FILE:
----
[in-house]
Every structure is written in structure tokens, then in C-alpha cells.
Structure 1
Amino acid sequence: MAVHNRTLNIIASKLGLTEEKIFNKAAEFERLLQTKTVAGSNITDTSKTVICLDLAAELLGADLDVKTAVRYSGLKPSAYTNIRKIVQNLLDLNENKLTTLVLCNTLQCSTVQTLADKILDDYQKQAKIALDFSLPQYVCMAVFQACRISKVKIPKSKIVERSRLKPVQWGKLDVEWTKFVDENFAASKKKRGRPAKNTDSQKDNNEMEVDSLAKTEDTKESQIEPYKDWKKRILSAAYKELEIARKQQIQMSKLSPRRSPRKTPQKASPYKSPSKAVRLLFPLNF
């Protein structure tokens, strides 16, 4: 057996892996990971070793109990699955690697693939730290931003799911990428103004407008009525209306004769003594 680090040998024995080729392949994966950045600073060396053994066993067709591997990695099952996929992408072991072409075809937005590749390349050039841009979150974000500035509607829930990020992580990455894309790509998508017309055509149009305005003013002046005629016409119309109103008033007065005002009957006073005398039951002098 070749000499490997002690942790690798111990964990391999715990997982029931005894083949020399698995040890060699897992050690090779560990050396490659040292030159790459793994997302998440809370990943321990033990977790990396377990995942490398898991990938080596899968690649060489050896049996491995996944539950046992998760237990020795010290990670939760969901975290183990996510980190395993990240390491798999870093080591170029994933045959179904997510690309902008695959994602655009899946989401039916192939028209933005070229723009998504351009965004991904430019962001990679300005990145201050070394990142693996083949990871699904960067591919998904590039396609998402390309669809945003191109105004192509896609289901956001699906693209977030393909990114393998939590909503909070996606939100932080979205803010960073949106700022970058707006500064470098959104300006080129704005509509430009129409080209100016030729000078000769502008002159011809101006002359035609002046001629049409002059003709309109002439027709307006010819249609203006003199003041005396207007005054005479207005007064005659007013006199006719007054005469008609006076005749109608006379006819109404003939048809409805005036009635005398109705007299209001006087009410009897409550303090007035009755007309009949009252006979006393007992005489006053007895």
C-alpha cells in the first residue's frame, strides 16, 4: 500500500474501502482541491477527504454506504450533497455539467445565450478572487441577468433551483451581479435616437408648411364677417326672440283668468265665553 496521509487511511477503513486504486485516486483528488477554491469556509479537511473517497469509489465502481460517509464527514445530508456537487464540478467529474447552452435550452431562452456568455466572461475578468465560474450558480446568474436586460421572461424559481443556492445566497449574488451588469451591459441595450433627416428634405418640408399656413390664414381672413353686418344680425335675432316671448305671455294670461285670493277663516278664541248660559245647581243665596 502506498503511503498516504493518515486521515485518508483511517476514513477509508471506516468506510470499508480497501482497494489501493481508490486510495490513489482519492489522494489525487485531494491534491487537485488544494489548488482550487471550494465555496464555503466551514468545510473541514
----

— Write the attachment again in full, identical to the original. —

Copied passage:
[in-house]
Every structure is written in structure tokens, then in C-alpha cells.
Structure 1
Amino acid sequence: MAVHNRTLNIIASKLGLTEEKIFNKAAEFERLLQTKTVAGSNITDTSKTVICLDLAAELLGADLDVKTAVRYSGLKPSAYTNIRKIVQNLLDLNENKLTTLVLCNTLQCSTVQTLADKILDDYQKQAKIALDFSLPQYVCMAVFQACRISKVKIPKSKIVERSRLKPVQWGKLDVEWTKFVDENFAASKKKRGRPAKNTDSQKDNNEMEVDSLAKTEDTKESQIEPYKDWKKRILSAAYKELEIARKQQIQMSKLSPRRSPRKTPQKASPYKSPSKAVRLLFPLNF
């Protein structure tokens, strides 16, 4: 057996892996990971070793109990699955690697693939730290931003799911990428103004407008009525209306004769003594 680090040998024995080729392949994966950045600073060396053994066993067709591997990695099952996929992408072991072409075809937005590749390349050039841009979150974000500035509607829930990020992580990455894309790509998508017309055509149009305005003013002046005629016409119309109103008033007065005002009957006073005398039951002098 070749000499490997002690942790690798111990964990391999715990997982029931005894083949020399698995040890060699897992050690090779560990050396490659040292030159790459793994997302998440809370990943321990033990977790990396377990995942490398898991990938080596899968690649060489050896049996491995996944539950046992998760237990020795010290990670939760969901975290183990996510980190395993990240390491798999870093080591170029994933045959179904997510690309902008695959994602655009899946989401039916192939028209933005070229723009998504351009965004991904430019962001990679300005990145201050070394990142693996083949990871699904960067591919998904590039396609998402390309669809945003191109105004192509896609289901956001699906693209977030393909990114393998939590909503909070996606939100932080979205803010960073949106700022970058707006500064470098959104300006080129704005509509430009129409080209100016030729000078000769502008002159011809101006002359035609002046001629049409002059003709309109002439027709307006010819249609203006003199003041005396207007005054005479207005007064005659007013006199006719007054005469008609006076005749109608006379006819109404003939048809409805005036009635005398109705007299209001006087009410009897409550303090007035009755007309009949009252006979006393007992005489006053007895």
C-alpha cells in the first residue's frame, strides 16, 4: 500500500474501502482541491477527504454506504450533497455539467445565450478572487441577468433551483451581479435616437408648411364677417326672440283668468265665553 496521509487511511477503513486504486485516486483528488477554491469556509479537511473517497469509489465502481460517509464527514445530508456537487464540478467529474447552452435550452431562452456568455466572461475578468465560474450558480446568474436586460421572461424559481443556492445566497449574488451588469451591459441595450433627416428634405418640408399656413390664414381672413353686418344680425335675432316671448305671455294670461285670493277663516278664541248660559245647581243665596 502506498503511503498516504493518515486521515485518508483511517476514513477509508471506516468506510470499508480497501482497494489501493481508490486510495490513489482519492489522494489525487485531494491534491487537485488544494489548488482550487471550494465555496464555503466551514468545510473541514